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November 29, 2008
From journal Anchorage in the Fall
District of Columbia County, District of Columbia
August 19, 2004
In 1996, the American Hiking Society designated Anchorage as "Trail Town USA." The Tony Knowles Coastal Trail (named after the former Alaska governor, current US Senator, and owner of the popular Downtown Deli) is part of the reason why. The trail is a very popular walking, running, and biking trail along the Cook Inlet coastline in Anchorage. The wide, paved, all-weather trail charts an eleven-mile course from downtown to Kincaid Park, passing several parks and the Ted Stevens Anchorage International Airport along the way. The entire walk is very scenic, with great views of the coastline, Anchorage skyline, forested areas, and open meadows. There are frequent moose sightings in several areas along the route, and an occasional bear may even find its way into the area. Remember, while Anchorage is a fairly big city, this is still Alaska, and wildlife is known to find its way into the populated areas.
There are several places to access this long trail. Starting downtown, the trail can be accessed at the northeast end of Second Ave., near the Alaska Railroad depot. The trail runs along the coastline to Westchester Lagoon, paralleling the Alaska Railroad rail line and going through a tunnel under the tracks. Continuing to the southwest, the trail enters Earthquake Park (see separate entry for details on the park). There are some steep grades on the approach to the park. Continuing southward, the trail goes through Airport Park, a small picnic area near the airport. From this point on expect to see some very low flying jets overhead, as the trail skirts the edge of Ted Stevens Anchorage International Airport. Most planes take off and land over the water in Anchorage, so expect to see both departing and arriving planes overhead. The section of the trail is very popular with aircraft spotters like myself, and even though I was there at a slow time, it was fun to get such great views. There are also a few places where you can see over the fence onto the airport ramp and watch some of the operations there. Finally, after passing the airport, the trail approaches Kincaid Park and the end of the trail.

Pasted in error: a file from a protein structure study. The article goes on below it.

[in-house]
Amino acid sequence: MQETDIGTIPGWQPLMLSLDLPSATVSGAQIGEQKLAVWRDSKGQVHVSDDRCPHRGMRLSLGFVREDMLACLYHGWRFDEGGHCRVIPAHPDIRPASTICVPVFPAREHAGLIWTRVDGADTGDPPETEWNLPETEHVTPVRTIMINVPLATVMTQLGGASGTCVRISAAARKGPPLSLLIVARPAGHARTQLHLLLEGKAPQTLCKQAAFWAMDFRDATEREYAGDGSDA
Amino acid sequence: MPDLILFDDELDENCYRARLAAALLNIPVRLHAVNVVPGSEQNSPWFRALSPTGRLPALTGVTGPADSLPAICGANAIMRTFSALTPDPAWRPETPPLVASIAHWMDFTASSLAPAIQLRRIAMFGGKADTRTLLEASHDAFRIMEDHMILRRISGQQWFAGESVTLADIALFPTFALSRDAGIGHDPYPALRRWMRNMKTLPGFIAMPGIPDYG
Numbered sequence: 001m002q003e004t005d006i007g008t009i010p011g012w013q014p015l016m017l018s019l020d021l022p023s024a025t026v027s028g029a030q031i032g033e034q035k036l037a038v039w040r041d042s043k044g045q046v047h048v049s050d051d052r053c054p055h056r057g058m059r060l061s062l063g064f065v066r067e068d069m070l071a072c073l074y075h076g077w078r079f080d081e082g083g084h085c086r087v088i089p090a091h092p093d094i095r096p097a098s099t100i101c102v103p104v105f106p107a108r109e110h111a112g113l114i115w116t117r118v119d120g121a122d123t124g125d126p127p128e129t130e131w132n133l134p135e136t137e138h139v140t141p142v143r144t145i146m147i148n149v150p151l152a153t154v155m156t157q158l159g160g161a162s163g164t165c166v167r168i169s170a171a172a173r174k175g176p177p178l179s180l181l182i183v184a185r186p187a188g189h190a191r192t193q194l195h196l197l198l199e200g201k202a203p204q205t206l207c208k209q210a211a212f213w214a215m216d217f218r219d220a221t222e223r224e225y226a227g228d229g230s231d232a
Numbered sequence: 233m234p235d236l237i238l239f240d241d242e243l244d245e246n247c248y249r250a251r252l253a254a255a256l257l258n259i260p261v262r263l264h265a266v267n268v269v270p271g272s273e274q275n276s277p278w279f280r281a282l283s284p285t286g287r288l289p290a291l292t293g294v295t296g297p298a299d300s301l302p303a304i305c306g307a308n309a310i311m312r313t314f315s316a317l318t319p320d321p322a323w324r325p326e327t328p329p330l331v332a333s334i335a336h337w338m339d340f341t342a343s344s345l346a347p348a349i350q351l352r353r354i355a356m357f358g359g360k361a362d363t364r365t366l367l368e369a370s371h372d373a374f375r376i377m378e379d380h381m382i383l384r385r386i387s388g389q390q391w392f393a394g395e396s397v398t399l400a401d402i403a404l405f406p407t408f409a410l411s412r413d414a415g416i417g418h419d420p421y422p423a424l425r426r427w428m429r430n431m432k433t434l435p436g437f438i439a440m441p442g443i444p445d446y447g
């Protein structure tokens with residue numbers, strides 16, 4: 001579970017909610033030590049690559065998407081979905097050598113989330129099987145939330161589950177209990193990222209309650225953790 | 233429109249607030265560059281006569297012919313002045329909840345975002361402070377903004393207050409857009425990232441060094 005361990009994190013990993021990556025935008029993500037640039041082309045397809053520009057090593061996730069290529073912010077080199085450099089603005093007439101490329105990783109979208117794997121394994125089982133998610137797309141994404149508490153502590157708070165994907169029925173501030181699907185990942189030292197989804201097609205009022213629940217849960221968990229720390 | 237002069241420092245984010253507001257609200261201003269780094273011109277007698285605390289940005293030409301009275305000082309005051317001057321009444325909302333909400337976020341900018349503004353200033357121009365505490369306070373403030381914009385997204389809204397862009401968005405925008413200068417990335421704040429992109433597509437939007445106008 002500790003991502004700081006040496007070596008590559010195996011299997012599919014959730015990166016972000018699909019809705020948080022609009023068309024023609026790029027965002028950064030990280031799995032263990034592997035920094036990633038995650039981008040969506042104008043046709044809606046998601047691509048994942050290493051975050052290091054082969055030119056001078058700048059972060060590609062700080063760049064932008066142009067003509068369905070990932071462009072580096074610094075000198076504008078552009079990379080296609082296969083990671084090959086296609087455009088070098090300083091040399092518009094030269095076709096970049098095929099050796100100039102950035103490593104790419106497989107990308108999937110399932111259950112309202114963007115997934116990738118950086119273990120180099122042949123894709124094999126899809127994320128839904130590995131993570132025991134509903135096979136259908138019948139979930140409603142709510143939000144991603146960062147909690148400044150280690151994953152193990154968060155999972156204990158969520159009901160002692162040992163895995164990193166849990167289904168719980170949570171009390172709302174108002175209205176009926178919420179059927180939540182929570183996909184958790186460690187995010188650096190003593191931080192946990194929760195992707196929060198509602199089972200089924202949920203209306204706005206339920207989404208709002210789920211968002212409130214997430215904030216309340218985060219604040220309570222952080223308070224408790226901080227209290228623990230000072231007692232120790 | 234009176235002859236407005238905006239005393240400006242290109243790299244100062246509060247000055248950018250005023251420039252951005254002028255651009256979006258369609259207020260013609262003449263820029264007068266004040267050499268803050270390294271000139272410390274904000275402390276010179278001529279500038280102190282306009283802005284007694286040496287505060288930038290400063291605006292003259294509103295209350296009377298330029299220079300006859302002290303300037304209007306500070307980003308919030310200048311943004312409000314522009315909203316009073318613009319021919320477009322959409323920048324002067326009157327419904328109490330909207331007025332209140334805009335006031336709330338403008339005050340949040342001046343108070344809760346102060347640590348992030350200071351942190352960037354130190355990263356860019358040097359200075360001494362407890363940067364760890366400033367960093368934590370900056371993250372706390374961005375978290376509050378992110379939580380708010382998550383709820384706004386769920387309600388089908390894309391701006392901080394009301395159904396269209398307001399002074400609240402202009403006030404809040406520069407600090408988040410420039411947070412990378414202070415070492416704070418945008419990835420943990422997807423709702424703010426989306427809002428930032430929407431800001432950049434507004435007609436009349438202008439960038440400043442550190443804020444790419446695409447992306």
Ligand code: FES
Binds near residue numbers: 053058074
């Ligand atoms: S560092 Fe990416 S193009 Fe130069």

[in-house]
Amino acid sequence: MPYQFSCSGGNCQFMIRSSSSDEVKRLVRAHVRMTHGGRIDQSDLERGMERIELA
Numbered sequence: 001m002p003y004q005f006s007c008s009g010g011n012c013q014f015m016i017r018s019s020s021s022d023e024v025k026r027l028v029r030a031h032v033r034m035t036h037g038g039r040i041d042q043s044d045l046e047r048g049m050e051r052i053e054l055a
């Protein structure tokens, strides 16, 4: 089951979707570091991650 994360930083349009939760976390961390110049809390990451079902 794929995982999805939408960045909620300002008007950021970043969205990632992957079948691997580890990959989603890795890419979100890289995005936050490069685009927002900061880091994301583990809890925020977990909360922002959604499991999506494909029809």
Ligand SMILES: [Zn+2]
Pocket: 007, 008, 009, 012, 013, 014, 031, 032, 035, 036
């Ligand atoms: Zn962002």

The Tony Knowles trail is a mixed-use facility. The majority of the people using the trail that I saw were on bikes, but there were also a number of hikers like myself, runners, and a few people on inline skates.
Some Useful Web Links:
From journal The Seward Highway, America's Most Scenic Byway
December 29, 2001
Do not leave the trail and walk down to the 'beach' or 'strand'. Tides rise rapidly and quicksand/quickmud is everywhere along the water. This is no place for water side activities such as wading or swimming.
The stories of people being killed after venturing out onto the muddy tideline are true, including the story of the honeymooners who were walking (keeping an eye out for gold nuggets) and became separated when the wife's foot stuck in the mud. Although the husband ran for help and professional rescue people arrived, the new wife drowned in front of her husband, only yards from dry land.
Yes, I have seen people swimming in this area, but it is a very stupid idea. This is literally a 'no rescue' zone.
There is good walking around downtown Anchorage, but you have to be wise. Even if you see other visitors trekking the trails under the Midnight Sun, it doesn't mean that its a good idea. Stick to normal 'daylight' walking hours when other people are about.
Stay off the beach and tidal areas even if you see gold nuggets. Avoid following other tourists into dangerous areas. Talk and shake your keys as you walk. If you see a bear or moose on the trails, back up and turn around and go back where you came from. Do not approach wild animals. Moose can be very dangerous, especially a mother with calf.
Maps of the trail are available all over downtown, but it's really very easy. Note the lack of boat and ship traffic. The tides here are very dangerous.
From journal Alaska Eats & Shopping